First of two reflections on last week’s visit to Mexico.
Omar Cabezas’ wonderful account of the Sandinista Revolution, Fire from the Mountain, ends with the victorious guerrillas arriving in Managua’s main square, where wild celebrations break out at the overthrow of the Somoza dictatorship. On the margins of the fiesta, a group of comandantes gather and look at each other. One asks plaintively ‘now what do we do?’
Mexico’s civil society feels a bit like that at the moment. Following the overwhelming victory of Andrés Manuel Lopez Obrador (AMLO) and his Morena party, confusion is great, but so are expectations (though always tempered with Mexicans’ deep strain of pessimism).
The sources of confusion are several. AMLO is a complex character, both authoritarian and deeply connected to ‘el pueblo’. His party includes both progressive technocrats and populists. And his attitude to civil society organizations is at best, ambivalent.
If you want to know more, while in Mexico I interviewed Oxfam Mexico’s boss, Ricardo Fuentes, for the first ever FP2P podcast (25 minutes). First of many, I hope. Please tell me what you think:
Soon after the election in July (AMLO takes office on 1st December), his team could be heard dismissing CSOs as ‘fifi’ (posh). With a landslide election victory, AMLO was the authentic voice of the people, not these middle class do gooders.
Since then the tone has moderated somewhat, but CSOs are anxious, excited and uncertain. What should be their role in what AMLO calls Mexico’s ‘fourth transformation’? They face big existential questions: is the role of CSOs to speak truth to the new power, to act as a loyal opposition, or to act as change agents with their own agenda, which may include cooperating with the state?
Not surprisingly, the subject dominated the conversations at various events to launch ‘Como Ocurren los Cambios’ last week. We all ended up combing through the book’s arguments to see what ideas they prompted. Some of the main topics included:
Dancing with the System: the confusion includes which of the many currents within Morena will dominate, who gets what position, and how the priorities announced by AMLO will be turned into specifics. At such a time, CSOs need acute political antennae. After watching Oxfam Mexico’s Ricardo Fuentes schmoozing the incoming economic team in their favourite cantina, I’m pretty confident that at least some people are on it.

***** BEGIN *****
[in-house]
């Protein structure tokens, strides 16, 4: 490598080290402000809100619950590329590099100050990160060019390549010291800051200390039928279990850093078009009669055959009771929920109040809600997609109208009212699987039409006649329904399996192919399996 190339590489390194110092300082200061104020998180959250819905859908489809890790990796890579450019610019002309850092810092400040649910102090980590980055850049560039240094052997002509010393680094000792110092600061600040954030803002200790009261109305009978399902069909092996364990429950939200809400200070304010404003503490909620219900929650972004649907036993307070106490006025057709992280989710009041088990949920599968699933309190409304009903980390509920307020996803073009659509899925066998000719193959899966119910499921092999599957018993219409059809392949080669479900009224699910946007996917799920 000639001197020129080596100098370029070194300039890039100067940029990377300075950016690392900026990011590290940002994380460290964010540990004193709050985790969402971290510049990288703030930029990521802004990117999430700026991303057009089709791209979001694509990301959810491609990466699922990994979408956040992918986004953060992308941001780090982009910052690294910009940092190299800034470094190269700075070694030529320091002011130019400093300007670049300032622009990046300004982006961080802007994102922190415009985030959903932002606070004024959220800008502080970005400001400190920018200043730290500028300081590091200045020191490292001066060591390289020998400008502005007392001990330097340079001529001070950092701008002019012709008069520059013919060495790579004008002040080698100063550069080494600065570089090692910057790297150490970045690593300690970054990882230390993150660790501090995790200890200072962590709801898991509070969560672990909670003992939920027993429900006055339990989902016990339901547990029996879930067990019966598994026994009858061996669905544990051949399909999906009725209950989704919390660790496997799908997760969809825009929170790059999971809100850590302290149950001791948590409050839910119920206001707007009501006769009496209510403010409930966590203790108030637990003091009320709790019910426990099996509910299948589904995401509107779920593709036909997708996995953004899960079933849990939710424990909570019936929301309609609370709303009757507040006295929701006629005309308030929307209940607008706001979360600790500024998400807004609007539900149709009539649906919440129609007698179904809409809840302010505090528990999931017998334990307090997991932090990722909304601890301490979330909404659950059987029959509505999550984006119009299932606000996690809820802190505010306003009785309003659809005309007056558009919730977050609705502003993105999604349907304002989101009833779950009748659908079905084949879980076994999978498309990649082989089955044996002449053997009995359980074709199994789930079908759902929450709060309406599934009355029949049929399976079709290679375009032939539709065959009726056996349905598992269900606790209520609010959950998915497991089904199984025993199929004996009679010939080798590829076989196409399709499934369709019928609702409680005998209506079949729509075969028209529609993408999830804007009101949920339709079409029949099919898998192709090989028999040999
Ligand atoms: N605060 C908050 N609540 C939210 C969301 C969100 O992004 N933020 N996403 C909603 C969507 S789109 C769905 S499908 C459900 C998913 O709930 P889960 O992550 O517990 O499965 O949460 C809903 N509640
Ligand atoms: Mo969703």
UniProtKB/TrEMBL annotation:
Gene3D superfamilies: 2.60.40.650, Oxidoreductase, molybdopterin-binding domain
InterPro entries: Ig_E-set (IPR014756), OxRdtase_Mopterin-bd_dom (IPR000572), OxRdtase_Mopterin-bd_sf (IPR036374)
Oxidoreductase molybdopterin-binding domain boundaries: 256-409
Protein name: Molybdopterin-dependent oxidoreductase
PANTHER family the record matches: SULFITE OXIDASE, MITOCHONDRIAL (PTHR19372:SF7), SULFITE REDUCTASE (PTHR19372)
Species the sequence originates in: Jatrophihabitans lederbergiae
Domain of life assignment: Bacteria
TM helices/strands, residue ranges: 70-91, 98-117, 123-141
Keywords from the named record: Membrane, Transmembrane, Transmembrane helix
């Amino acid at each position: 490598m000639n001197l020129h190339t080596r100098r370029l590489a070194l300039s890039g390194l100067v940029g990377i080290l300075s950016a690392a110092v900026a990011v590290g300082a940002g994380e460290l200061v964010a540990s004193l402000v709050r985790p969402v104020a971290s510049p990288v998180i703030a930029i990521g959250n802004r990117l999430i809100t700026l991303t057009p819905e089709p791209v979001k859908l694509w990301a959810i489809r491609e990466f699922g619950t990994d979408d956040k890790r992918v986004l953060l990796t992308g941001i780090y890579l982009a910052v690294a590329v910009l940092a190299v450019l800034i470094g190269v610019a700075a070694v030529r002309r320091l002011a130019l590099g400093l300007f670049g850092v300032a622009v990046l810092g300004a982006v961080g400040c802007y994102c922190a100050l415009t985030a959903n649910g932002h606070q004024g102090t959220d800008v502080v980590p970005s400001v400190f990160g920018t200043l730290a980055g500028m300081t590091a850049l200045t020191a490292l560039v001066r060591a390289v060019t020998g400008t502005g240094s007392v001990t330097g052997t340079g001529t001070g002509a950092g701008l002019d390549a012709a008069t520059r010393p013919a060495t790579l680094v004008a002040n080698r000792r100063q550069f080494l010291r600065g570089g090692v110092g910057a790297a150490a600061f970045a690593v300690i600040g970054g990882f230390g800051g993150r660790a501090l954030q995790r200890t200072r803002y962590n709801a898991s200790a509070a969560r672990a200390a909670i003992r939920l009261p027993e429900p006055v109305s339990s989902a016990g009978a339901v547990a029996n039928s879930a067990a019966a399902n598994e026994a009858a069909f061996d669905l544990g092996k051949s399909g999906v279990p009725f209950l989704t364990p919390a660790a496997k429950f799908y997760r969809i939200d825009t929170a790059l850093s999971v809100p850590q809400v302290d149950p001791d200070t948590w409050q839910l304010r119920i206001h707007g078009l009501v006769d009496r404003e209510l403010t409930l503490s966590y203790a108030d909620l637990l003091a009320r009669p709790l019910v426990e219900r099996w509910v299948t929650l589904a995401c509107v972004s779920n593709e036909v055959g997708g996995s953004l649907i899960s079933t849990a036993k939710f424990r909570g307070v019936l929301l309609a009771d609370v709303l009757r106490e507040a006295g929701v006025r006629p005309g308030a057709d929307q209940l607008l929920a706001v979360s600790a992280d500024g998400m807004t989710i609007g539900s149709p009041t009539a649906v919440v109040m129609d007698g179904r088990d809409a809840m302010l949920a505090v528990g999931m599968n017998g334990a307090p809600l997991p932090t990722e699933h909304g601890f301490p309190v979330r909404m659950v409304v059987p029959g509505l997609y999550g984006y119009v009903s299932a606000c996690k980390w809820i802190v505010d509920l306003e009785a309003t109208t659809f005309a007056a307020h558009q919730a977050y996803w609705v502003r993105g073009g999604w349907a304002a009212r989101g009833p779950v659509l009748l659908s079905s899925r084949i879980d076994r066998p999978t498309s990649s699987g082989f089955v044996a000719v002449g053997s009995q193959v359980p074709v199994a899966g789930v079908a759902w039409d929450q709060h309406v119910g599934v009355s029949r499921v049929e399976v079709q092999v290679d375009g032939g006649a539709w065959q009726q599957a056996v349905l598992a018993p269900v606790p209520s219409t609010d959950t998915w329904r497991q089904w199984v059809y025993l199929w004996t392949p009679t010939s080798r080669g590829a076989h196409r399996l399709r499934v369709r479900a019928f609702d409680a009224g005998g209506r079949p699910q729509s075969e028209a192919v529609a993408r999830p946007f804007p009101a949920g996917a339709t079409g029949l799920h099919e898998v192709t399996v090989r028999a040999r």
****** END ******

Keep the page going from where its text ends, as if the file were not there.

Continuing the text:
The fog: but for a while, things will be uncertain. CSOs face a tough choice. If they wait until everything is clear before deciding how to engage with the new government, they may reduce the risks of backing the wrong horse, or alienating leaders early on, but will miss the chance to shape what emerges from the fog.
Seeing the government as a system, not a monolith: That intel should inform CSOs’ understanding of the system – the currents, the potential allies, the likely enemies. Weakening the bad guys, and working to strengthen the hand of the progressive voices in government, could be a real contribution to Mexico’s prospects.
Their agenda or ours? The new government already has a packed agenda, including lots of reforms to the apparatus of the state, a focus on security, infrastructure, youth and anti-corruption. There is plenty CSOs could be doing to promote social justice within that list, but other things dear to their heart (eg gender rights) are not on it. Is it better to work with Morena’s feminist leadership in Congress to change that, or stick to the existing script?
Seeing through their eyes: CSOs need to think how the current situation looks through the eyes of AMLO and the new leadership. What do they want and need in the early months? Any government wants some quick wins to build momentum and morale – could CSOs help with that and buy themselves some political space into the bargain? One option that Oxfam Mexico is clearly interested in is tax collection. Mexico has one of the lowest rates of tax collection in the OECD – could we do something to improve that, eg by a league table of which municipalities are failing as to collect the local taxes that are owing? If the new government does do some good things, will CSOs be able to celebrate them without adding the inevitable ‘but’?
Feedback: Once he enters the presidential palace, AMLO, like any leader, will be surrounded by sycophants. Officials and political hacks will be reluctant to bring him news of failures and screw-ups. Is there a way that CSOs can do so, without being branded as enemies? Mexican governments have long struggled to give a proper role to opposition and criticism, but maybe this time is different. A lot depends on the tone and relationships CSOs can bring to bear on the conversation.
Stopping bad stuff: there will be some dumb things that need to be stopped. An early candidate appears to be the ‘Maya Train’ infrastructure project in the South of the Country. How to do that without being branded as an enemy of the people?
Although some CSOs may stick to ‘denuncia as usual’, those that decide to engage will need to review their tactics and alliances. If they are being denounced as fifi, then a big CSO coalition may be less useful than pulling in some ‘unusual suspects’, such as academics, faith leaders and the like. More broadly, CSOs are reflecting on their legitimacy – have they indeed become too divorced from the grassroots movements they seek to support?
Finally, this will be a big challenge to CSOs as a movement. Moments of victory are always dangerous for campaigners – the gains are always partial, triggering disputes between reformists and hardliners. Will Mexican civil society have the maturity to create spaces where people can talk and manage the inevitable tensions?
I really hope so. This moment may not come again for Mexico. A lot is at stake.